- The importance of regions in world politics is decreasing or increasing depending on the issue area and the perspective.
- Some regional powers, such as Brazil and South Africa, have not lived up to the expectations and have seen their influence reduced, both within their respective regions and in global politics.
- A number of “new” countries have come to play a major role in shaping their regions, which has led to an expansion of regional powers research to countries such as South Korea, Turkey, Egypt, Indonesia, Nigeria, Saudi Arabia, and Iran. At the same time, rising powers such as China or India have retained important roles in their respective regions.
- Regional powers have increasingly become the object of different expectations articulated by their regional neighbours and by global actors, often leading to ambiguous policies on their part.
- Domestic dynamics, which have so far been neglected in the study of regional powers, have proven to have a major impact on regional powers’ ability to shape their regions.
In the following sections, we discuss each of these trends in greater detail. We close by drawing some conclusions about the future of regional power(s).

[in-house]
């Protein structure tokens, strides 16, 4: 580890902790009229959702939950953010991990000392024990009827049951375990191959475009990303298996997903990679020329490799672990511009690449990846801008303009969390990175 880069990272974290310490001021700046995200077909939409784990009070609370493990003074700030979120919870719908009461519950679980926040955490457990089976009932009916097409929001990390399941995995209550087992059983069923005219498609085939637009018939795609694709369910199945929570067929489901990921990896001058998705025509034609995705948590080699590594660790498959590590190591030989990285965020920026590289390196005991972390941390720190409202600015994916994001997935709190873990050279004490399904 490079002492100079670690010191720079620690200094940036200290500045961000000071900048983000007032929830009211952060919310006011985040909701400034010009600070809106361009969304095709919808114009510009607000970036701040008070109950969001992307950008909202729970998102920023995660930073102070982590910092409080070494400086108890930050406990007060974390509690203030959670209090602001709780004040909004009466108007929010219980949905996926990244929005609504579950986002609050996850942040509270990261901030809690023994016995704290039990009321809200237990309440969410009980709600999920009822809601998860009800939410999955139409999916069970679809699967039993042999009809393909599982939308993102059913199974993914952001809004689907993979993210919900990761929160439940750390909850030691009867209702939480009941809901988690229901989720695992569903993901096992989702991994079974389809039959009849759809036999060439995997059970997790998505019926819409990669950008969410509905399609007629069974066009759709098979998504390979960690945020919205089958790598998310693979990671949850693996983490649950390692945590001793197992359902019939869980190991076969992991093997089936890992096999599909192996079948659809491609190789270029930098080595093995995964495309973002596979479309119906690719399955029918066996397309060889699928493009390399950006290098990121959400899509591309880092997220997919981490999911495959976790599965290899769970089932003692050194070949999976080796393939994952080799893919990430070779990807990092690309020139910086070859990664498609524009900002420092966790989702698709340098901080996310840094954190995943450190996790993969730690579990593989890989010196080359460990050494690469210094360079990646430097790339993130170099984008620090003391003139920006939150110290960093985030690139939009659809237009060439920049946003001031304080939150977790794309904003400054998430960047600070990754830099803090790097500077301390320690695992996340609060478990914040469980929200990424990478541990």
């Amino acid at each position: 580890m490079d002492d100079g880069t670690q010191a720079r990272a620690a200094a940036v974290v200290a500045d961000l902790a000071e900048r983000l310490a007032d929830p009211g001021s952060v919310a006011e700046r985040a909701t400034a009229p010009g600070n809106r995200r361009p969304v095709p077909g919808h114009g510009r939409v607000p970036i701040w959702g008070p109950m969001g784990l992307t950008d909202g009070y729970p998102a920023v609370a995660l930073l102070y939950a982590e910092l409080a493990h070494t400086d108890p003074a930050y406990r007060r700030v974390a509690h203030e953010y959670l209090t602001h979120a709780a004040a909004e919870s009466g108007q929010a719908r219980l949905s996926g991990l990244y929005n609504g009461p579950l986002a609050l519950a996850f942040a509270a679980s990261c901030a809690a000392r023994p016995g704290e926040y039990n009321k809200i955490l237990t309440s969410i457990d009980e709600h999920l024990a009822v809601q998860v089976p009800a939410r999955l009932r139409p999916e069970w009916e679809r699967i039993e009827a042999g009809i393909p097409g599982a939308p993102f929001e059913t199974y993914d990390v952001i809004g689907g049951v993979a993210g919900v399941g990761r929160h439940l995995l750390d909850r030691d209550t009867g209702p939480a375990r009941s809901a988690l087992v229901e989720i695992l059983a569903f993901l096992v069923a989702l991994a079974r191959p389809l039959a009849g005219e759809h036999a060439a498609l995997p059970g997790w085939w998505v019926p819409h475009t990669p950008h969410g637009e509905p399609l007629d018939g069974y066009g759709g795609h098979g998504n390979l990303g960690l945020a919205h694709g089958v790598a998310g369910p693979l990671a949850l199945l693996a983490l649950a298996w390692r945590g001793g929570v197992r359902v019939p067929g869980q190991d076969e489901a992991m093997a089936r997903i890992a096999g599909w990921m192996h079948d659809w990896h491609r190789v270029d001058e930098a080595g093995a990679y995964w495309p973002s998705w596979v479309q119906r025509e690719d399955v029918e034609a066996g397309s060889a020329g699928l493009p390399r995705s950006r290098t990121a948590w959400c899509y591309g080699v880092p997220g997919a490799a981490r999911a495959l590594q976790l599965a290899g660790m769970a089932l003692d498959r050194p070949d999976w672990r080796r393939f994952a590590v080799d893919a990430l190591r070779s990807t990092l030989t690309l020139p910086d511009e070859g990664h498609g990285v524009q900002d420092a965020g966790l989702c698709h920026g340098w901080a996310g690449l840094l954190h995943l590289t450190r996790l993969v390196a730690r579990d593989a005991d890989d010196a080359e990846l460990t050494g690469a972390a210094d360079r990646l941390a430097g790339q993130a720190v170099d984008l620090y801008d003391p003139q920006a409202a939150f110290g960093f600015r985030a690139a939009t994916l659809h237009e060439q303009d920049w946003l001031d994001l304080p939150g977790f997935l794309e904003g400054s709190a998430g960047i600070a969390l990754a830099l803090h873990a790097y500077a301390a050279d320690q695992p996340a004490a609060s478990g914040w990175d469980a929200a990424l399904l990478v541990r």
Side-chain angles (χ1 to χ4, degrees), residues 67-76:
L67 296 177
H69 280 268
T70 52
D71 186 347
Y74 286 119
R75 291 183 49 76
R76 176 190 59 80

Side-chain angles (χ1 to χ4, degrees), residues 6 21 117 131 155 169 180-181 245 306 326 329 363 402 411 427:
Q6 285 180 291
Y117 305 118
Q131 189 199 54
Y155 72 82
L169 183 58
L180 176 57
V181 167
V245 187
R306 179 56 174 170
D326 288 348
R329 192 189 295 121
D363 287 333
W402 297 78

The Shifting Salience of Regions
The role of regions in world politics has changed in an ambiguous way in recent years. While the end of the Cold War set regions free from the overwhelming influence of the two superpowers and thereby gave regional powers greater room to manoeuvre, more recently we have witnessed a further shift. Particularly since 2010, the United States has been withdrawing from several world regions. This shift has included its withdrawal from Afghanistan and the relative disengagement from the Middle East implicit in President Obama’s “pivot to Asia.” Under President Trump, we are currently witnessing a mix of isolationist tendencies and continued meddling in crises in the Middle East and in Asia, but overall such developments hint at a greater autonomy in regional dynamics. Indeed, the competition for regional leadership between Saudi Arabia and Iran, Turkey’s increased foreign-policy activism in its neighbourhood, or the persistence and growing virulence of territorial disputes, as in the South China Sea, are all dynamics that seem to confirm the continued – and possibly growing – salience of regions in world politics.